Tip: You can check the reading level of pages, by searching with reading levels turned on…like this search….but is Reading Level a measure of “writing “expert” level”?
- Google: Does the site have duplicate, overlapping, or redundant articles on the same or similar topics with slightly different keyword variations? Jim: This is the main reason I saw most ecommerce sites hit. Many sites created a lot of pages with different mashups of products, and with a little bit of unique content… but very similar to other related pages…. Tip: Consolidate your category pages and consolidate all your current pages wherever possible. Instead of targeting 3 phrases on a page, target 30… oh, G will hate me for saying that….oh well. You need content to get found….if someone searches for “cheap blue widgets new jersey”, then you’re not going to show up in search results unless you have all those words somewhere on a webpage… You can’t kill content…content is what will bring you traffic…you just have to write it better and not do a bunch of cheap crappy articles that are all very very similar (i.e., articles on 500 pages that are all about 3 paragraphs in length with no authors are not given much weight.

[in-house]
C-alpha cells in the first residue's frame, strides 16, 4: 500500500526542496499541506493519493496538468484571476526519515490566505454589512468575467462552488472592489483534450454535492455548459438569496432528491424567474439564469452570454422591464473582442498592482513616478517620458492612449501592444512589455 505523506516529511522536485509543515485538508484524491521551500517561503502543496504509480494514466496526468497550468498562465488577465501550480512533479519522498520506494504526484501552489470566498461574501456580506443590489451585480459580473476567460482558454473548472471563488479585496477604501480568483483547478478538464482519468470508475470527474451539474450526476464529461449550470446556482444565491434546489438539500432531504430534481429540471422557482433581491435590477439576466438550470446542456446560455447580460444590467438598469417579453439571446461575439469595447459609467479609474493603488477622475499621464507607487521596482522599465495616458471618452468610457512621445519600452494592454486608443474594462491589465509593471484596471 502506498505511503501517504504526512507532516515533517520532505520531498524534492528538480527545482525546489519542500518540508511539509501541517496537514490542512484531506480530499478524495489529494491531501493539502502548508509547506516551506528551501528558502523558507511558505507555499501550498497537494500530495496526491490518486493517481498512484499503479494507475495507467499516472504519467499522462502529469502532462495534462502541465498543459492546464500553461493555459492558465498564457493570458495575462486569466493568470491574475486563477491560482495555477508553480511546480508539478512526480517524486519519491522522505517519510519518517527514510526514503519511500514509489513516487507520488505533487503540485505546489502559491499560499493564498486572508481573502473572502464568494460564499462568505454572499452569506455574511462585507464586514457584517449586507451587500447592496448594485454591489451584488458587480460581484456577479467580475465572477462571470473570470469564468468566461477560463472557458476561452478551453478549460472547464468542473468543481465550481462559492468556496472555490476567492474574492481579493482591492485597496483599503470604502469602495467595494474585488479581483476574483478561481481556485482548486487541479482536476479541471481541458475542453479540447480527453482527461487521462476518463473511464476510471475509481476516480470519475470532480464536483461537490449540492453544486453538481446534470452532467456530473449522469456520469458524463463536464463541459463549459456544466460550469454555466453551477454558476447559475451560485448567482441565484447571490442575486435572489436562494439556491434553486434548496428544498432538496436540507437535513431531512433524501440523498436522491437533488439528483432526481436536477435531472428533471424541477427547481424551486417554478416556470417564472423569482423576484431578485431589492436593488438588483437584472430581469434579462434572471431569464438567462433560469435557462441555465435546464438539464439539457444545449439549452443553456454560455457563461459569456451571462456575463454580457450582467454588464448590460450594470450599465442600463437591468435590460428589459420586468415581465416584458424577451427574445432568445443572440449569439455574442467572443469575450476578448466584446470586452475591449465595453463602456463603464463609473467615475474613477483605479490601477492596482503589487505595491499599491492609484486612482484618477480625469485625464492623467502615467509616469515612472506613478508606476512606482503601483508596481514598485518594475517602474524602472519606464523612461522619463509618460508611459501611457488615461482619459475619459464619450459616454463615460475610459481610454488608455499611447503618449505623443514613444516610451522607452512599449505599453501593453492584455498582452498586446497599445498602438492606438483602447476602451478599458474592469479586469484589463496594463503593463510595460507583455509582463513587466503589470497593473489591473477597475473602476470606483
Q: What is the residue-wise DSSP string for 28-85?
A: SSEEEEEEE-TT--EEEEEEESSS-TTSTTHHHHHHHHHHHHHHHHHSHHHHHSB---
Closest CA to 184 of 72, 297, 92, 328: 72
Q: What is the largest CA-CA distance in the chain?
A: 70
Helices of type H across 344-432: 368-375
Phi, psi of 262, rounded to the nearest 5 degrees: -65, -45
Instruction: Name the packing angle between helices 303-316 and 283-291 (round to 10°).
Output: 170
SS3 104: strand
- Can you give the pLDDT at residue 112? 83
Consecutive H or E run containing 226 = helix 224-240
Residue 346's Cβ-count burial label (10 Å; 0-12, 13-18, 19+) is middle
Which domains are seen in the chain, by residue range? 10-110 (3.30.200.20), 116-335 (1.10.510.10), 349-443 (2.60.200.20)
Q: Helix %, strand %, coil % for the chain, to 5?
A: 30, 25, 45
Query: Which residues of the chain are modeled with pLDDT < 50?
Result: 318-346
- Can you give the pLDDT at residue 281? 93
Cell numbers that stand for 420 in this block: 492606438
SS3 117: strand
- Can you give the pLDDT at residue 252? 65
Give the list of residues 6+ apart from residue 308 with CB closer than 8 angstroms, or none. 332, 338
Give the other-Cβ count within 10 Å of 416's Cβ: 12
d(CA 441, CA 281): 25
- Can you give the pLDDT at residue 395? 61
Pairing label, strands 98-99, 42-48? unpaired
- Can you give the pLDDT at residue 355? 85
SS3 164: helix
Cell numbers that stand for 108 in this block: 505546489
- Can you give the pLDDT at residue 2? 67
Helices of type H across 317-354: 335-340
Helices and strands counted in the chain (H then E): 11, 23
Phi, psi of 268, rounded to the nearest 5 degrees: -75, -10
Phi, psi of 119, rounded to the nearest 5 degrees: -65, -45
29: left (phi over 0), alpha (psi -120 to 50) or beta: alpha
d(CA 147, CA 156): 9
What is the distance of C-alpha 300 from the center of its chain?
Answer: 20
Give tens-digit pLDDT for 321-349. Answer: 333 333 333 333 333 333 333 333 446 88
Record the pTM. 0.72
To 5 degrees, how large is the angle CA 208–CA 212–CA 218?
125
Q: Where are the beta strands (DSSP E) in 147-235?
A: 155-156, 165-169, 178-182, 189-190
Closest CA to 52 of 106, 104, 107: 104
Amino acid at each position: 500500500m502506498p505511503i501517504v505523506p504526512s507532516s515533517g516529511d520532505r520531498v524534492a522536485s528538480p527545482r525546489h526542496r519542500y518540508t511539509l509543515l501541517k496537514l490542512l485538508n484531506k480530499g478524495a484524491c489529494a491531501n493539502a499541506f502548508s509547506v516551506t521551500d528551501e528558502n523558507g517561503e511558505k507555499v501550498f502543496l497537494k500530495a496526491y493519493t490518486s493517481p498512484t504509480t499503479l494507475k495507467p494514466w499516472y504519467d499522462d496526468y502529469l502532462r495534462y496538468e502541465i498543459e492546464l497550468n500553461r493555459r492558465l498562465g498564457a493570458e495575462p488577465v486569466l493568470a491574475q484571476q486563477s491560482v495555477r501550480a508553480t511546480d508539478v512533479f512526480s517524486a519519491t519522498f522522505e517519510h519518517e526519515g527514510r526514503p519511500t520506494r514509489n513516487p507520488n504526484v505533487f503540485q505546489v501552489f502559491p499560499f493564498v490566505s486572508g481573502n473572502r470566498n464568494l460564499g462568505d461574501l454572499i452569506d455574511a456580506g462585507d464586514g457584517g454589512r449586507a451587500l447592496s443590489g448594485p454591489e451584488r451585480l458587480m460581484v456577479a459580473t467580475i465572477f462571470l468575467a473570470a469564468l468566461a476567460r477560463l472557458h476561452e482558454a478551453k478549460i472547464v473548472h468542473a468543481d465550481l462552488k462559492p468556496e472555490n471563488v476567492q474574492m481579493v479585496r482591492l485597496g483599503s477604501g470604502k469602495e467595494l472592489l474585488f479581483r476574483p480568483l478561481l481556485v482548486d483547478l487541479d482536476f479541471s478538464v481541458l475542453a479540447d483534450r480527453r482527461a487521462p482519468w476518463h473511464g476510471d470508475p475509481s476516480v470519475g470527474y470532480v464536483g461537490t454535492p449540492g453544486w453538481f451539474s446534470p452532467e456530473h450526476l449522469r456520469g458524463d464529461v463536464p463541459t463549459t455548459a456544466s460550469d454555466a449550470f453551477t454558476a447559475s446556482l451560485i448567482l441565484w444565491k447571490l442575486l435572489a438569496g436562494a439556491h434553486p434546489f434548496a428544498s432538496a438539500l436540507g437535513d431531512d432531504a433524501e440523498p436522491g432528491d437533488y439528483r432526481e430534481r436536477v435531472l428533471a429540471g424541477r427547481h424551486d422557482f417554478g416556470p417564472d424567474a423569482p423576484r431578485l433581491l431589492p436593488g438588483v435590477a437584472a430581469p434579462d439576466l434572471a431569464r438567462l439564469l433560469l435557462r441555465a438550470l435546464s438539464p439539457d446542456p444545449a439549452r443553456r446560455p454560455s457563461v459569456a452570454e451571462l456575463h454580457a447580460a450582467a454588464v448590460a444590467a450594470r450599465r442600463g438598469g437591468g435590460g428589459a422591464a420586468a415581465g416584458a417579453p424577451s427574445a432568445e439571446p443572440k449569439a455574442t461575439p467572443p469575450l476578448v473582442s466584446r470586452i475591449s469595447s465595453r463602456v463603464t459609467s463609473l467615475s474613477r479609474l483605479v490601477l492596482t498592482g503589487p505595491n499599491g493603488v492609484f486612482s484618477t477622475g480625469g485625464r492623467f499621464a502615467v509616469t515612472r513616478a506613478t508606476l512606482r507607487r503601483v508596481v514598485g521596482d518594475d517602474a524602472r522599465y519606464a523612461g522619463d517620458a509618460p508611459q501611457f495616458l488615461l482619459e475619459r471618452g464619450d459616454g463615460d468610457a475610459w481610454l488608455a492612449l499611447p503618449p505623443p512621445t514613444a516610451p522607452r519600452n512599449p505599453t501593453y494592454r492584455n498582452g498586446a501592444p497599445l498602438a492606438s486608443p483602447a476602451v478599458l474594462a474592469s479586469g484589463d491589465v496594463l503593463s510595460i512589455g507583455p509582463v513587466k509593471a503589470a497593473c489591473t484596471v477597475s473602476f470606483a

- Google: Would you be comfortable giving your credit card information to this site? Jim: Tip: Pay companies like Verisign and McAffe to get their “Trust Symbols” like these symbols on your site…in fact I think that so many sites are going to do this now that I just purchased stock in Verisign and in Intel (they own McAfee now)…now, everyone go buy those trust signals so my stock will go up!
- Google: Does this article have spelling, stylistic, or factual errors? Jim: Does this mean that if you can’t spell…or your style is not wrong….your screwed by Panda…if so, I’m screwed…. “Factual errors”…now how can Google know this??
but anyways, my style is horrible…who writes with 3 dots all the time?… hopefully Panda won’t poop on me for having my own unique writing style 🙁